What shall we say, then? Shall we go on sinning so that grace may increase? By no means! We are those who have died to sin; how can we live in it any longer? Or don’t you know that all of us who were baptized into Christ Jesus were baptized into his death? We were therefore buried with him through baptism into death in order that, just as Christ was raised from the dead through the glory of the Father, we too may live a new life.
For if we have been united with him in a death like his, we will certainly also be united with him in a resurrection like his. 6 For we know that our old self was crucified with him so that the body ruled by sin might be done away with, that we should no longer be slaves to sin— because anyone who has died has been set free from sin.
Now if we died with Christ, we believe that we will also live with him. For we know that since Christ was raised from the dead, he cannot die again; death no longer has mastery over him. The death he died, he died to sin once for all; but the life he lives, he lives to God.
In the same way, count yourselves dead to sin but alive to God in Christ Jesus.
I think that sometimes it’s a little difficult to relate to Jesus. I know that He loves us so unconditionally that He was born into this world to live among us, but sometimes I just don’t know what I did to deserve that magnitude of love. Jesus is the one and only perfect, holy Son of God, and I, all too often, am aware of how flawed I am. I fall again and again. I ask Him to pick me up off the ground. He holds me in His arms and lets grace heal me. I always try to be brave and lead a life my heavenly Father would be proud of, but it’s a cycle; I know that, soon enough, I will choose a path that doesn’t lead to a life inspired by my Savior’s indescribable love. Imperfection is a painful and heartbreaking route.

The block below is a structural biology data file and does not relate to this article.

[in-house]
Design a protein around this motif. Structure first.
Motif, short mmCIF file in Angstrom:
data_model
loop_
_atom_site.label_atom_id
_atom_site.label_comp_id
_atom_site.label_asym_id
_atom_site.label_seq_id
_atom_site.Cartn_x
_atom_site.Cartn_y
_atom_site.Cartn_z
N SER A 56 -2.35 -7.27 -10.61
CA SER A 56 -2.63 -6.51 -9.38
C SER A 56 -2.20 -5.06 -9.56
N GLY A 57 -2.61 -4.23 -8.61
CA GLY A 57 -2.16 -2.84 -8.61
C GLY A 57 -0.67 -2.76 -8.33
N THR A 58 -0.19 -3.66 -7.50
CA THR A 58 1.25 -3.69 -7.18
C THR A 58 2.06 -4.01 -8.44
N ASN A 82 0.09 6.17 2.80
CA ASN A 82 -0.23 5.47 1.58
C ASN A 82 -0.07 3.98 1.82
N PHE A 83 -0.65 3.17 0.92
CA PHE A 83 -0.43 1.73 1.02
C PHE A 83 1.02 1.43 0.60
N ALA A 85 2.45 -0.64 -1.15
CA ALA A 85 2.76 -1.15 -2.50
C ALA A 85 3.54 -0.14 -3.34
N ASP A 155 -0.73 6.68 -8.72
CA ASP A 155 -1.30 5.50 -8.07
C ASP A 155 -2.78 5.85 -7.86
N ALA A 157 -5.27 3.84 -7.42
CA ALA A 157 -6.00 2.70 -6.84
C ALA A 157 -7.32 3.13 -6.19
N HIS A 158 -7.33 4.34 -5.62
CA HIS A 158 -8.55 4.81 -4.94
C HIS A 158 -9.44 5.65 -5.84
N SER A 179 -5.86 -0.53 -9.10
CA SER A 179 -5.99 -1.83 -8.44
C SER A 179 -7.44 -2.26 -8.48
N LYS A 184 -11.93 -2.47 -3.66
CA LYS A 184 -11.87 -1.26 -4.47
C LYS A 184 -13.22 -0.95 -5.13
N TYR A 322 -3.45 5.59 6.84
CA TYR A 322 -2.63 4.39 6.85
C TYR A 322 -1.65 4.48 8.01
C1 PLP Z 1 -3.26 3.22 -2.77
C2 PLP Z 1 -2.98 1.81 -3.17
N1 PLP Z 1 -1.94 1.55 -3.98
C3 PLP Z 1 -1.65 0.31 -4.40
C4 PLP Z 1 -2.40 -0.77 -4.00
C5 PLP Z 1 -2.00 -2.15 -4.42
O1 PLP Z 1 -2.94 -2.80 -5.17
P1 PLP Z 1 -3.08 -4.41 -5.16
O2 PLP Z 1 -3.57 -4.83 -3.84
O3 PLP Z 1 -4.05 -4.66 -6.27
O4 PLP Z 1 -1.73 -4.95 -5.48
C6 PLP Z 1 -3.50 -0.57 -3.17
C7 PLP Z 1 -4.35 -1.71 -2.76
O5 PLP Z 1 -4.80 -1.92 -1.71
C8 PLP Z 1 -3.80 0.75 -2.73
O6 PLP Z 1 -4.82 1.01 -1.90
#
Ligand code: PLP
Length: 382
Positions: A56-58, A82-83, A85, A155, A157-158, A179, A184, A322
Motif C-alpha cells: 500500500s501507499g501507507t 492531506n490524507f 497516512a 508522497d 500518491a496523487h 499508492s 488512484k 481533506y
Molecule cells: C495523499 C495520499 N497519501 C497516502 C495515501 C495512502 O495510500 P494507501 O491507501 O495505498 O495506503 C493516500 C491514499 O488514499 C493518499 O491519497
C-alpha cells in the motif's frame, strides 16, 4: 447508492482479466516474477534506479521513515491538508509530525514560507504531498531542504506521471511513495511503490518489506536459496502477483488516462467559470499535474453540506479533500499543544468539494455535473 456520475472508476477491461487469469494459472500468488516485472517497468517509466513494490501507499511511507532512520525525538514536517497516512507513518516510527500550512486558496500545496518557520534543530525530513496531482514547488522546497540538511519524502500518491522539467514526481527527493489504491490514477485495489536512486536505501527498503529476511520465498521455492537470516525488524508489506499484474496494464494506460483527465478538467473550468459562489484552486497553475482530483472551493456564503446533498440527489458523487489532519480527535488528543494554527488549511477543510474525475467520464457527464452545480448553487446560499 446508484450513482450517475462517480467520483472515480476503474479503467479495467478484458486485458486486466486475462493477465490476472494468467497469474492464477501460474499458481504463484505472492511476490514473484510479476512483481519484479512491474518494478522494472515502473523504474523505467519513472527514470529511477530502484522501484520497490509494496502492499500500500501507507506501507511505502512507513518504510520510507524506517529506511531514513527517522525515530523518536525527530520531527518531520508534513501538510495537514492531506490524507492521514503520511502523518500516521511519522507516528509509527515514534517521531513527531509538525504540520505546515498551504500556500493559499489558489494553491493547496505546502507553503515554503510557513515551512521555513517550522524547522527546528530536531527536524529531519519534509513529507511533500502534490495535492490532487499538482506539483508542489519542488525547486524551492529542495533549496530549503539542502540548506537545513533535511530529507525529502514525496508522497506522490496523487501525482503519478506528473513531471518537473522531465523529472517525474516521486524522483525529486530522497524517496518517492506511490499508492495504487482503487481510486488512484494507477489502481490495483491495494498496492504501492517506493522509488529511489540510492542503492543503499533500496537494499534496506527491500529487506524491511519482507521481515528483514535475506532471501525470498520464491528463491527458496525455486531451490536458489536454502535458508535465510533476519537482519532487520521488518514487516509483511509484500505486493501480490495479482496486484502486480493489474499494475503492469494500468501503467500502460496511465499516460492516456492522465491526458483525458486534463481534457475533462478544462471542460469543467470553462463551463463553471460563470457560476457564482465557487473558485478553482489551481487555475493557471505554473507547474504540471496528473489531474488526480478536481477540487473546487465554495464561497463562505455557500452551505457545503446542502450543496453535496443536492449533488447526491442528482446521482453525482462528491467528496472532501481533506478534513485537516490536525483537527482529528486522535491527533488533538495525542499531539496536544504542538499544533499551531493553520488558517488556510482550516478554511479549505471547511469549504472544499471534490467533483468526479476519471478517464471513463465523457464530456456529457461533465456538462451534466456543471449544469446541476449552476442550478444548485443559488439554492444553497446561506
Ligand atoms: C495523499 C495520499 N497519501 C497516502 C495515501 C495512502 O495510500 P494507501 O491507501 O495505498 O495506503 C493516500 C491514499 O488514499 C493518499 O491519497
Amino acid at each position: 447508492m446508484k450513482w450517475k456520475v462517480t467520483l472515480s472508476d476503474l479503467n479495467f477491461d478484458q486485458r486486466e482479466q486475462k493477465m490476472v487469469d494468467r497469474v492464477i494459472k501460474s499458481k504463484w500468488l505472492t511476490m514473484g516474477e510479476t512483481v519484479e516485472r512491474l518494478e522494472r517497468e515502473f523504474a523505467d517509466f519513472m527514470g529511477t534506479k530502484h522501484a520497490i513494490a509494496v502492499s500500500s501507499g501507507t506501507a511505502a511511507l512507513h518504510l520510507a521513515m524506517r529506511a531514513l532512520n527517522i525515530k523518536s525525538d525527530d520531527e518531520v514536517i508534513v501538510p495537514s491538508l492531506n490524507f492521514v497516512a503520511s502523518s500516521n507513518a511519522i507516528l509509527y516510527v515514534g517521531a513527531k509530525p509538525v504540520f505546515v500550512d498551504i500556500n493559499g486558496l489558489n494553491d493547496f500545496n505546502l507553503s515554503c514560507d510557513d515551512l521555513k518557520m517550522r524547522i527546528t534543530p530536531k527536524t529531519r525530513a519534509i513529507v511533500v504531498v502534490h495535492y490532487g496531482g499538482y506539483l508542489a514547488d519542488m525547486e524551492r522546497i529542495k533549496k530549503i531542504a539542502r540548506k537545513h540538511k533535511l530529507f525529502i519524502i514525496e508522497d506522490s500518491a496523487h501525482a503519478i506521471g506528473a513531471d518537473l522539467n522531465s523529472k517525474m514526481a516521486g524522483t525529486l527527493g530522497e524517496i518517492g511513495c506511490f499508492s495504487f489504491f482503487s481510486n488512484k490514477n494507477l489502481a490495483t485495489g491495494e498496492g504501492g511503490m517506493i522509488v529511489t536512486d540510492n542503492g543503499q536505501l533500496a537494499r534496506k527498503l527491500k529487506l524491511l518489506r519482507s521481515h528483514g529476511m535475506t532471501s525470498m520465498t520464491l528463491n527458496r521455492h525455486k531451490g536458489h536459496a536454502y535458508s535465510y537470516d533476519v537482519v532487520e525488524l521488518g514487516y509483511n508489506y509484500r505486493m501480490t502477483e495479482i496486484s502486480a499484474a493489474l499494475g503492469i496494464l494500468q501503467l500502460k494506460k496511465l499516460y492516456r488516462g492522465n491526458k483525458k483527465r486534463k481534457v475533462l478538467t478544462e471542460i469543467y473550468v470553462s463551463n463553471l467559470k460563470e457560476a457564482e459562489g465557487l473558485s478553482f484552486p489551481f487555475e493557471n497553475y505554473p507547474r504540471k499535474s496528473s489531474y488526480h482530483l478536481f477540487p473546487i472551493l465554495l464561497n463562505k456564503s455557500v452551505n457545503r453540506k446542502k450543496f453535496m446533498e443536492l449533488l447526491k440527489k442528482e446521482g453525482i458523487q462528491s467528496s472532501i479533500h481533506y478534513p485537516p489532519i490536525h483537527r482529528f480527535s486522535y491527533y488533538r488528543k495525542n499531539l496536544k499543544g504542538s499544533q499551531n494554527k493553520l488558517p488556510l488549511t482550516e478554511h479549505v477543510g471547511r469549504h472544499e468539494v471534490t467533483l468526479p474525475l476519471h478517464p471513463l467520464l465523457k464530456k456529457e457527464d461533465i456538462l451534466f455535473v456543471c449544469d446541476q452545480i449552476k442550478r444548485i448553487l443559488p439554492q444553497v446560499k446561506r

In this letter to the Romans, Paul talks about how the process of receiving salvation should reflect how our Savior lived His life. In Romans 6:5, Paul declares, “For if we have been united with him in a death like his, we will certainly also be united with him in a resurrection like his.” Paul paints us a beautiful picture of baptism, saying that when I was baptized as a baby, I died like Jesus died and was then resurrected like He was resurrected. So, when I was baptized nineteen years ago, the little girl who was vulnerable to sin died, and a little girl with a life full of nothing but the power of God’s love was born. That’s how powerful Paul believes baptism is.
If my journey really is an experience parallel to Jesus’, then it’s natural that pain is part of it—He certainly suffered enough on his way to the cross. But being born again means that I’m not going to get caught up in sorrowful things that make me forget I’ve got a new life. Paul said that we died and were reborn as beings that no longer had to worry about sin having power over us. Dying to sin doesn’t mean that I’ll never sin again, but it means that Christ’s love has power over our lives and sin doesn’t. This Lent, I want to trust in not only His power, but also the power of my baptism. I feel like I am always falling, but the truth is that I only really fell once—when I was baptized. After my baptism, I became a person who can’t be touched, bruised or blemished by darkness or sin. Therefore, when I recall how Jesus suffered out of love, how brave He chose to be when He died, I can use His example to love fearlessly and forgive unconditionally the way He does for me every day. Jesus Christ loves us so much that He wanted to understand the burdens of His people and be there for them in their sorrow…why shouldn’t we, the resurrected ones, mirror His life, and be brave enough to love that much?
Kayla Deep is a student at Sewanee (The University of the South) and member of Liberty Hill United Methodist Church. She is spending her 2013 Spring Break in Haiti.